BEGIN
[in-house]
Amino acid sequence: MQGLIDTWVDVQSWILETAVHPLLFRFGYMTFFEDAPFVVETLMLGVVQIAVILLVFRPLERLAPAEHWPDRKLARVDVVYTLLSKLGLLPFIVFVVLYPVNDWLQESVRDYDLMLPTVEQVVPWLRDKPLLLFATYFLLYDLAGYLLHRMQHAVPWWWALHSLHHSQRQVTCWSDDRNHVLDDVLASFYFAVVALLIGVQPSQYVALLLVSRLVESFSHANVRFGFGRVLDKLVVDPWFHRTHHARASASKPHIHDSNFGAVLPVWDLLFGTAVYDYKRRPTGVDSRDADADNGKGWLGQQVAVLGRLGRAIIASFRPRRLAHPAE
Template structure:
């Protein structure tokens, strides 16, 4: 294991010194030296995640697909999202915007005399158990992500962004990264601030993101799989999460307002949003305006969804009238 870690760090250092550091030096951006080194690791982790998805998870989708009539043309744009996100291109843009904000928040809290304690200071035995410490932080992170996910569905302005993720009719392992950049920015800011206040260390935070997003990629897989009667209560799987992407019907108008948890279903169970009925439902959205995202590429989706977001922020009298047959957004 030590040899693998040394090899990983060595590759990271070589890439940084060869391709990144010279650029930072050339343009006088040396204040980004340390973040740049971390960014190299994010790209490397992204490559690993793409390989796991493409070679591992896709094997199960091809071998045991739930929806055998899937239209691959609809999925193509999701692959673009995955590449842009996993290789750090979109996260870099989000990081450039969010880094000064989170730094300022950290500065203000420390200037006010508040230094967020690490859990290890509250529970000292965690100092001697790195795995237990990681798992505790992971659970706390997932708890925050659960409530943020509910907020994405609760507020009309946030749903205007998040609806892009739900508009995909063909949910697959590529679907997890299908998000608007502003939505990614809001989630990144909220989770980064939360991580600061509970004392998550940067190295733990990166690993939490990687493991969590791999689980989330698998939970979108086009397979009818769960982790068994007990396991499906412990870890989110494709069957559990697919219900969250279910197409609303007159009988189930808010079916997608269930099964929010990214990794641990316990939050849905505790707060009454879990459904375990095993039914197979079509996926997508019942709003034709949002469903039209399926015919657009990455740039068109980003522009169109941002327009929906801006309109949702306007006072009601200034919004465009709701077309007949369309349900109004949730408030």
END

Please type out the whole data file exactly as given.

[in-house]
Amino acid sequence: MQGLIDTWVDVQSWILETAVHPLLFRFGYMTFFEDAPFVVETLMLGVVQIAVILLVFRPLERLAPAEHWPDRKLARVDVVYTLLSKLGLLPFIVFVVLYPVNDWLQESVRDYDLMLPTVEQVVPWLRDKPLLLFATYFLLYDLAGYLLHRMQHAVPWWWALHSLHHSQRQVTCWSDDRNHVLDDVLASFYFAVVALLIGVQPSQYVALLLVSRLVESFSHANVRFGFGRVLDKLVVDPWFHRTHHARASASKPHIHDSNFGAVLPVWDLLFGTAVYDYKRRPTGVDSRDADADNGKGWLGQQVAVLGRLGRAIIASFRPRRLAHPAE
Template structure:
């Protein structure tokens, strides 16, 4: 294991010194030296995640697909999202915007005399158990992500962004990264601030993101799989999460307002949003305006969804009238 870690760090250092550091030096951006080194690791982790998805998870989708009539043309744009996100291109843009904000928040809290304690200071035995410490932080992170996910569905302005993720009719392992950049920015800011206040260390935070997003990629897989009667209560799987992407019907108008948890279903169970009925439902959205995202590429989706977001922020009298047959957004 030590040899693998040394090899990983060595590759990271070589890439940084060869391709990144010279650029930072050339343009006088040396204040980004340390973040740049971390960014190299994010790209490397992204490559690993793409390989796991493409070679591992896709094997199960091809071998045991739930929806055998899937239209691959609809999925193509999701692959673009995955590449842009996993290789750090979109996260870099989000990081450039969010880094000064989170730094300022950290500065203000420390200037006010508040230094967020690490859990290890509250529970000292965690100092001697790195795995237990990681798992505790992971659970706390997932708890925050659960409530943020509910907020994405609760507020009309946030749903205007998040609806892009739900508009995909063909949910697959590529679907997890299908998000608007502003939505990614809001989630990144909220989770980064939360991580600061509970004392998550940067190295733990990166690993939490990687493991969590791999689980989330698998939970979108086009397979009818769960982790068994007990396991499906412990870890989110494709069957559990697919219900969250279910197409609303007159009988189930808010079916997608269930099964929010990214990794641990316990939050849905505790707060009454879990459904375990095993039914197979079509996926997508019942709003034709949002469903039209399926015919657009990455740039068109980003522009169109941002327009929906801006309109949702306007006072009601200034919004465009709701077309007949369309349900109004949730408030």